Thi Le (Wife) filed a petition for contempt against appellee
Matt Sherbondy (Husband), in which she alleged that Husband
had failed to pay child support and other sums due under a
temporary order in their divorce case. The trial court denied
the contempt petition based solely on the fact that the
divorce action was dismissed before the contempt petition was
filed. We granted Wife's application for discretionary
application to consider that ruling. For the reasons that
follow, we reverse and remand.
21, 2015, Wife filed a complaint for divorce against Husband.
On September 22, 2015, the trial court entered a temporary
order requiring Husband to pay Wife $800 in child support
every month beginning on October 1, 2015, to pay Wife $350 as
child support for the remaining portion of September, and to
pay half of their child's education costs for the
2015-2016 school year. That same day, the trial court also
ordered the parties to attend a status conference hearing
with the court on January 12, 2016. The parties and their
attorneys failed to appear at that hearing, and on February
11, 2016, the trial court entered an order dismissing the
complaint for Wife's failure to appear at the hearing or
to file a motion for judgment on the pleadings in lieu of
making an appearance.
April 21, Wife filed a petition for contempt, alleging that
Husband had willfully failed to pay her the monthly child
support due under the temporary order, as well as his share
of the cost of their child's education. In his response
to the contempt petition, Husband alleged that his financial
condition had declined, leaving him unable to pay the ordered
sums, and that the dismissal of the divorce action nullified
the trial court's temporary order and deprived the court
of jurisdiction to hold him in contempt.
21, 2016, the trial court denied the petition for contempt on
the sole ground that Wife could not file a contempt petition
after the case was dismissed. As explained below, the trial
court erred in so ruling.
held that the dismissal of an underlying domestic relations
action does not bar the later enforcement by contempt of
temporary alimony payments that became due before the
dismissal. See Williams v. Williams, 194 Ga. 332,
332 (21 S.E.2d 229) (1942) ("The dismissal of the suit
for alimony does not terminate the right of the wife to
enforce the installments of temporary alimony which became
due before such dismissal."); Lovett v. Lovett,
225 Ga. 251, 251 (167 S.E.2d 590) (1969) (same) (overruled on
other grounds in Bryant v. Bryant, 232 Ga. 160, 163
(205 S.E.2d 223) (1974)). See also Wilson v. Wilson,
270 Ga. 479, 480-481 (512 S.E.2d 255) (1999) (holding that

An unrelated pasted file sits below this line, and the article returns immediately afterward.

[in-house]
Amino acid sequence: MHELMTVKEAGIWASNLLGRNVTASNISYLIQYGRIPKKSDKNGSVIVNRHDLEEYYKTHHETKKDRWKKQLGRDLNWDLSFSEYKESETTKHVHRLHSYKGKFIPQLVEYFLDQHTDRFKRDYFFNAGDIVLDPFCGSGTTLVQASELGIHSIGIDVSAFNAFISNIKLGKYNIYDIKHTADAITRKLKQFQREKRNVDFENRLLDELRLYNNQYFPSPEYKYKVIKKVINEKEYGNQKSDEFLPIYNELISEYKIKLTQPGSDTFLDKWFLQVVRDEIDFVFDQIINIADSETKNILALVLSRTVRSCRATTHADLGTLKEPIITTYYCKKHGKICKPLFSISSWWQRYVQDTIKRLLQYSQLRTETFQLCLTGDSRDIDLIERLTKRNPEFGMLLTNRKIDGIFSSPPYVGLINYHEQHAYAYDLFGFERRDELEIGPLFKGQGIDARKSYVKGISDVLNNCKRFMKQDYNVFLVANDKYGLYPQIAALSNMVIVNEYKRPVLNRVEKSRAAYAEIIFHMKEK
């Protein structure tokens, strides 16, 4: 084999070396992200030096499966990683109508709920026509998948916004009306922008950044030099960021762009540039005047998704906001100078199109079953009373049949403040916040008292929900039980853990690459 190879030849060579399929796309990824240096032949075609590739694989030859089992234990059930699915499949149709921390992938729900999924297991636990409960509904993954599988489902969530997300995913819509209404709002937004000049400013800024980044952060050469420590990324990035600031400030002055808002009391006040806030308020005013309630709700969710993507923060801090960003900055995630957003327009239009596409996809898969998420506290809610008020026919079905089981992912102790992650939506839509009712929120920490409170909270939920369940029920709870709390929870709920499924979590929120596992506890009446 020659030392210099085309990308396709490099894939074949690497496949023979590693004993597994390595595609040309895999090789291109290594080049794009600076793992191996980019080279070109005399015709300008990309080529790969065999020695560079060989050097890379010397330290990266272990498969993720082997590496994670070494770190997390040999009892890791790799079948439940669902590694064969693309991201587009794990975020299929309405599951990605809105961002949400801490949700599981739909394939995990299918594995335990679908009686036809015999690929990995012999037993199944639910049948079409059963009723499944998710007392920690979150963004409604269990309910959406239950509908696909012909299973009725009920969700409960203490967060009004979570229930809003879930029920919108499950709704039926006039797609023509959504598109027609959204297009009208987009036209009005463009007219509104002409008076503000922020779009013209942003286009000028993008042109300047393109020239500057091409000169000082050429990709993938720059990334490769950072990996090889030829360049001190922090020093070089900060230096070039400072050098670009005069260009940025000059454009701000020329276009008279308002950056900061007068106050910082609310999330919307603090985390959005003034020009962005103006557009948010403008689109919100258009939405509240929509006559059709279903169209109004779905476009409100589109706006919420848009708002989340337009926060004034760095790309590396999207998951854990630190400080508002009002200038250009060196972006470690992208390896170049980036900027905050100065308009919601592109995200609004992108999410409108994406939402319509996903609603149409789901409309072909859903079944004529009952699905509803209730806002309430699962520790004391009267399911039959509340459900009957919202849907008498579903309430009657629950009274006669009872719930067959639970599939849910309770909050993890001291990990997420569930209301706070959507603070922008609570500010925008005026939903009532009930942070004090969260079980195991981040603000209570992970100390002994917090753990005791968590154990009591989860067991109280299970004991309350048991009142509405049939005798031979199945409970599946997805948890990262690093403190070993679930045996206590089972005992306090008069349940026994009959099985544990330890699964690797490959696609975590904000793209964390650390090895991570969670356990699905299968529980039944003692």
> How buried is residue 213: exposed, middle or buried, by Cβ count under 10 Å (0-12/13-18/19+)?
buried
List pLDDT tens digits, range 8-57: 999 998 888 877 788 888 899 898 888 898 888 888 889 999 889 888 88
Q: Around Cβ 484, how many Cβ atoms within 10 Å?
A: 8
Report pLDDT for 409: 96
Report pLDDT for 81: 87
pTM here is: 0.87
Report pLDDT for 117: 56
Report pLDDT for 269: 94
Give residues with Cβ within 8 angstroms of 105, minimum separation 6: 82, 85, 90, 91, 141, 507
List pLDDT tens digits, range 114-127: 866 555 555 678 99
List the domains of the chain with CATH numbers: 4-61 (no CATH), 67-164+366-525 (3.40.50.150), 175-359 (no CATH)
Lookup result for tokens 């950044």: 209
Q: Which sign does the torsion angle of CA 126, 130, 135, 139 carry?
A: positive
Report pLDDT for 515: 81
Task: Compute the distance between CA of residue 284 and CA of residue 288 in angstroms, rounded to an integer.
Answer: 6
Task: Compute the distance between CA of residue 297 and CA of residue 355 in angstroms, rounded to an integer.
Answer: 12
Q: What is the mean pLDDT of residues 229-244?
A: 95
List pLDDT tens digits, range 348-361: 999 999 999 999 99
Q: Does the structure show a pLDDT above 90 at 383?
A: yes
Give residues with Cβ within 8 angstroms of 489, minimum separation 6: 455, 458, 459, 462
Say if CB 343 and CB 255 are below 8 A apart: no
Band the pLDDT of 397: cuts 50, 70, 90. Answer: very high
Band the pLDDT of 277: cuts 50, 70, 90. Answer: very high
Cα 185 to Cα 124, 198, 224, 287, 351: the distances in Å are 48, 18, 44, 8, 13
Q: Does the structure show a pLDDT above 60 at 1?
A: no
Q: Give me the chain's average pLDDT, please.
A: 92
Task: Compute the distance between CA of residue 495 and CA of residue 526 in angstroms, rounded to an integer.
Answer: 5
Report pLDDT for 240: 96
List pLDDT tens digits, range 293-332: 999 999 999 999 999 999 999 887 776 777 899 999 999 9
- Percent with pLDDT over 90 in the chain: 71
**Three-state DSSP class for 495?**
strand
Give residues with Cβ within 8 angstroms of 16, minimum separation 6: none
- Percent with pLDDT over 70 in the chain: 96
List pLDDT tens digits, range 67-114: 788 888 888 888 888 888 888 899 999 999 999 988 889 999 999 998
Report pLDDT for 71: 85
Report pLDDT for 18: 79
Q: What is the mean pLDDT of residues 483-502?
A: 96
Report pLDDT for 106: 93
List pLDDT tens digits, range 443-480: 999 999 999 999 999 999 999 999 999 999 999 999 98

the dismissal of an action for modification of alimony
"did not affect the binding nature of the two annual
alimony payments that accrued under the temporary order
before the dismissal").
Lewis v. Lewis, 278 Ga. 570 (604 S.E.2d 485) (2004),
we reached a similar result with respect to whether the entry
of a final decree of divorce barred a party from seeking to
enforce by contempt temporary child support payments that
accrued before the entry of the decree. As with the order of
dismissal in Williams, we held that the entry of the
final decree did not bar the contempt action. We noted that
we had previously held that "a claim for arrearage in
temporary alimony which accrued prior to rendition of the
final decree may be the subject of contempt proceedings
initiated subsequent to the final decree." Id.
at 570 (citing Newton v. Newton, 238 Ga. 282, 282
(232 S.E.2d 557) (1977); Moore v. Moore, 207 Ga.
335, 335 (61 S.E.2d 500) (1950)). We added that
"[a]pplication of a similar rule is even more compelling
in a situation such as this where temporary child support is
implicated. That is because of the long-standing principle
that the right to receive child support belongs to the child
and cannot be waived by the custodial parent."
Lewis, 278 Ga. at 570. Accordingly, we held that
"the claim for arrearage in child support under the
temporary order was not waived by plaintiff's failure to
assert the claim at trial." Id.
rationale of the foregoing cases requires that we hold in
this case that the trial court's dismissal of the divorce
action did not bar Wife from later seeking to hold Husband in
contempt for his alleged failure to pay temporary child
support that accrued before the dismissal. The trial court
erred in ruling otherwise.
reversed and case remanded.
Melton, P.J., Benham, Hunstein, Nahmias, Blackwell, Boggs,
and Grant, JJ., and Judge John E. Morse concur. Peterson, J.,
 See also OCGA § 19-6-16
("Orders, decrees, or verdicts, permanent or temporary,
in favor of the children may be enforced as those in favor of
a party."); OCGA § 9-12-60 (d) (providing that the
dormancy "provisions of subsection (a) of this Code
section shall not apply to judgments or ...